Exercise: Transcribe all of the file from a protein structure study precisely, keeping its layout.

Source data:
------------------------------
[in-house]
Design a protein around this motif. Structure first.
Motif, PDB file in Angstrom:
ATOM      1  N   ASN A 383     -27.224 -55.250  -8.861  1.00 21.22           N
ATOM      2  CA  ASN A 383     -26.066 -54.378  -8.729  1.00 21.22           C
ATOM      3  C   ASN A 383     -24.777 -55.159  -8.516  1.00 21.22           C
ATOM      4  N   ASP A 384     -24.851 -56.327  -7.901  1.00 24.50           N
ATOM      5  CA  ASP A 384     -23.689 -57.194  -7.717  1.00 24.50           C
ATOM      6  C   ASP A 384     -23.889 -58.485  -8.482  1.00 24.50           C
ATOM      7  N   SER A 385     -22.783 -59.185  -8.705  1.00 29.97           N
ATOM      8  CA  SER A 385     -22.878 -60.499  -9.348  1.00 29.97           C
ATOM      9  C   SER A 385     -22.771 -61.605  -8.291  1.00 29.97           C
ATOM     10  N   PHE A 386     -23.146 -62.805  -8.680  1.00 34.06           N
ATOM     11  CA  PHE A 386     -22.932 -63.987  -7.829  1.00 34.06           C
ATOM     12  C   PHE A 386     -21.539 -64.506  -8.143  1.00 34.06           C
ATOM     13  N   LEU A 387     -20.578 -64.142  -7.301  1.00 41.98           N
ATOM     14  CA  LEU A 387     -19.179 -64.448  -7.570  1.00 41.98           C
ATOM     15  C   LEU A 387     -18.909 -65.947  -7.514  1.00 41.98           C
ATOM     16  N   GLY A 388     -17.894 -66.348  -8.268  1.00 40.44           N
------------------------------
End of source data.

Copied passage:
[in-house]
Design a protein around this motif. Structure first.
Motif, PDB file in Angstrom:
ATOM      1  N   ASN A 383     -27.224 -55.250  -8.861  1.00 21.22           N
ATOM      2  CA  ASN A 383     -26.066 -54.378  -8.729  1.00 21.22           C
ATOM      3  C   ASN A 383     -24.777 -55.159  -8.516  1.00 21.22           C
ATOM      4  N   ASP A 384     -24.851 -56.327  -7.901  1.00 24.50           N
ATOM      5  CA  ASP A 384     -23.689 -57.194  -7.717  1.00 24.50           C
ATOM      6  C   ASP A 384     -23.889 -58.485  -8.482  1.00 24.50           C
ATOM      7  N   SER A 385     -22.783 -59.185  -8.705  1.00 29.97           N
ATOM      8  CA  SER A 385     -22.878 -60.499  -9.348  1.00 29.97           C
ATOM      9  C   SER A 385     -22.771 -61.605  -8.291  1.00 29.97           C
ATOM     10  N   PHE A 386     -23.146 -62.805  -8.680  1.00 34.06           N
ATOM     11  CA  PHE A 386     -22.932 -63.987  -7.829  1.00 34.06           C
ATOM     12  C   PHE A 386     -21.539 -64.506  -8.143  1.00 34.06           C
ATOM     13  N   LEU A 387     -20.578 -64.142  -7.301  1.00 41.98           N
ATOM     14  CA  LEU A 387     -19.179 -64.448  -7.570  1.00 41.98           C
ATOM     15  C   LEU A 387     -18.909 -65.947  -7.514  1.00 41.98           C
ATOM     16  N   GLY A 388     -17.894 -66.348  -8.268  1.00 40.44           N